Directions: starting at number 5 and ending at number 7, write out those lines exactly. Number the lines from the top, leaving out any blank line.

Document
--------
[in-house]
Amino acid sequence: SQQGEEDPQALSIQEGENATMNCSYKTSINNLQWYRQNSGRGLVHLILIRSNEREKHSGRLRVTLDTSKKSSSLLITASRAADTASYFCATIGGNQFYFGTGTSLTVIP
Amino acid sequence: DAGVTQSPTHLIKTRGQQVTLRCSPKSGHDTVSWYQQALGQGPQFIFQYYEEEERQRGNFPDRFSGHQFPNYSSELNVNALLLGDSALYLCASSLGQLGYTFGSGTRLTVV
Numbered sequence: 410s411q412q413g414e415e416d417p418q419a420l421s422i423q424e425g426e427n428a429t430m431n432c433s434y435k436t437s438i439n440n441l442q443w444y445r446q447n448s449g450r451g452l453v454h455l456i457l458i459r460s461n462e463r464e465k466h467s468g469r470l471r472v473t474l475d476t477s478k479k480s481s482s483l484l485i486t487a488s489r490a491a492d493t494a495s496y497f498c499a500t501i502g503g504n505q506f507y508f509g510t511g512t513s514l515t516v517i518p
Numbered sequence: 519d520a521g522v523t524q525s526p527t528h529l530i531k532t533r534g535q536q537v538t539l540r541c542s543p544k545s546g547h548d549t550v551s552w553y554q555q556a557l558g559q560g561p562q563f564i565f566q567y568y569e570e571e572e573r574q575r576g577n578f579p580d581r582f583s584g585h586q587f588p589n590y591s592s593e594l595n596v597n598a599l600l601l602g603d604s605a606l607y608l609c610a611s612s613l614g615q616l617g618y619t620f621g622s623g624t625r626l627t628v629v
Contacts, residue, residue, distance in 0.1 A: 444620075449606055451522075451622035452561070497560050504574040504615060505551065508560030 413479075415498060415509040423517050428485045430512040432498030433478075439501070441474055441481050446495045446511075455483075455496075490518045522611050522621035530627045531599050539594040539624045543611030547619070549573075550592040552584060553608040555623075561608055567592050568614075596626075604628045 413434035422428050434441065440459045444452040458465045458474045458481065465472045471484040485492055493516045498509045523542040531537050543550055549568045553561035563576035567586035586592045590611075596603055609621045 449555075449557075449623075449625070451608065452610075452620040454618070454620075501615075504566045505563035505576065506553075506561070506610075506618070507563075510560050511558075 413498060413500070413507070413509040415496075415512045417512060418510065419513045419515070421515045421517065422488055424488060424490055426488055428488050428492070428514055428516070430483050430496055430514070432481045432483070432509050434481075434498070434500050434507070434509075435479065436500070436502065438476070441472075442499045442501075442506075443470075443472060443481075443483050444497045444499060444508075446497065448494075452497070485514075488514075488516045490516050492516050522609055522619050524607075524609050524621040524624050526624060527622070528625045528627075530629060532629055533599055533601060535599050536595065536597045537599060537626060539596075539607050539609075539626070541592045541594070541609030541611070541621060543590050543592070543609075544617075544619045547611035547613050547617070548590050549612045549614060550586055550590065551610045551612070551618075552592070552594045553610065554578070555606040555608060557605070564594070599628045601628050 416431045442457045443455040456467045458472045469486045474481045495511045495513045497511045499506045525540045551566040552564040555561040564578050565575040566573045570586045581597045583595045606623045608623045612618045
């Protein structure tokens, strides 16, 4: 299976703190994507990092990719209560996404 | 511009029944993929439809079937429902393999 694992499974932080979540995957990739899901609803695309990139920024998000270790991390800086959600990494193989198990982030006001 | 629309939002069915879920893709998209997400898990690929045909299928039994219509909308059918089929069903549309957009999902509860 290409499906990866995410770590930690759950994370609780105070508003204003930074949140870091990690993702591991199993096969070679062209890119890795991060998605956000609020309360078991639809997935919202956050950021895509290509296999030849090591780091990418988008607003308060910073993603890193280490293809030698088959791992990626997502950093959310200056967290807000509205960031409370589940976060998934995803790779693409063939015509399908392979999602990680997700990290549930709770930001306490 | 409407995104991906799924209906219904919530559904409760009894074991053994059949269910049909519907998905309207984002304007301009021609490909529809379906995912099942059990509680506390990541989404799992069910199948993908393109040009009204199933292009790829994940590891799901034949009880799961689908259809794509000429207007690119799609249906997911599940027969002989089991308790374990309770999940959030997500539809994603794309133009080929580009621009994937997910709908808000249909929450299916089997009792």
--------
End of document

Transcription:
Numbered sequence: 519d520a521g522v523t524q525s526p527t528h529l530i531k532t533r534g535q536q537v538t539l540r541c542s543p544k545s546g547h548d549t550v551s552w553y554q555q556a557l558g559q560g561p562q563f564i565f566q567y568y569e570e571e572e573r574q575r576g577n578f579p580d581r582f583s584g585h586q587f588p589n590y591s592s593e594l595n596v597n598a599l600l601l602g603d604s605a606l607y608l609c610a611s612s613l614g615q616l617g618y619t620f621g622s623g624t625r626l627t628v629v
Contacts, residue, residue, distance in 0.1 A: 444620075449606055451522075451622035452561070497560050504574040504615060505551065508560030 413479075415498060415509040423517050428485045430512040432498030433478075439501070441474055441481050446495045446511075455483075455496075490518045522611050522621035530627045531599050539594040539624045543611030547619070549573075550592040552584060553608040555623075561608055567592050568614075596626075604628045 413434035422428050434441065440459045444452040458465045458474045458481065465472045471484040485492055493516045498509045523542040531537050543550055549568045553561035563576035567586035586592045590611075596603055609621045 449555075449557075449623075449625070451608065452610075452620040454618070454620075501615075504566045505563035505576065506553075506561070506610075506618070507563075510560050511558075 413498060413500070413507070413509040415496075415512045417512060418510065419513045419515070421515045421517065422488055424488060424490055426488055428488050428492070428514055428516070430483050430496055430514070432481045432483070432509050434481075434498070434500050434507070434509075435479065436500070436502065438476070441472075442499045442501075442506075443470075443472060443481075443483050444497045444499060444508075446497065448494075452497070485514075488514075488516045490516050492516050522609055522619050524607075524609050524621040524624050526624060527622070528625045528627075530629060532629055533599055533601060535599050536595065536597045537599060537626060539596075539607050539609075539626070541592045541594070541609030541611070541621060543590050543592070543609075544617075544619045547611035547613050547617070548590050549612045549614060550586055550590065551610045551612070551618075552592070552594045553610065554578070555606040555608060557605070564594070599628045601628050 416431045442457045443455040456467045458472045469486045474481045495511045495513045497511045499506045525540045551566040552564040555561040564578050565575040566573045570586045581597045583595045606623045608623045612618045
């Protein structure tokens, strides 16, 4: 299976703190994507990092990719209560996404 | 511009029944993929439809079937429902393999 694992499974932080979540995957990739899901609803695309990139920024998000270790991390800086959600990494193989198990982030006001 | 629309939002069915879920893709998209997400898990690929045909299928039994219509909308059918089929069903549309957009999902509860 290409499906990866995410770590930690759950994370609780105070508003204003930074949140870091990690993702591991199993096969070679062209890119890795991060998605956000609020309360078991639809997935919202956050950021895509290509296999030849090591780091990418988008607003308060910073993603890193280490293809030698088959791992990626997502950093959310200056967290807000509205960031409370589940976060998934995803790779693409063939015509399908392979999602990680997700990290549930709770930001306490 | 409407995104991906799924209906219904919530559904409760009894074991053994059949269910049909519907998905309207984002304007301009021609490909529809379906995912099942059990509680506390990541989404799992069910199948993908393109040009009204199933292009790829994940590891799901034949009880799961689908259809794509000429207007690119799609249906997911599940027969002989089991308790374990309770999940959030997500539809994603794309133009080929580009621009994937997910709908808000249909929450299916089997009792």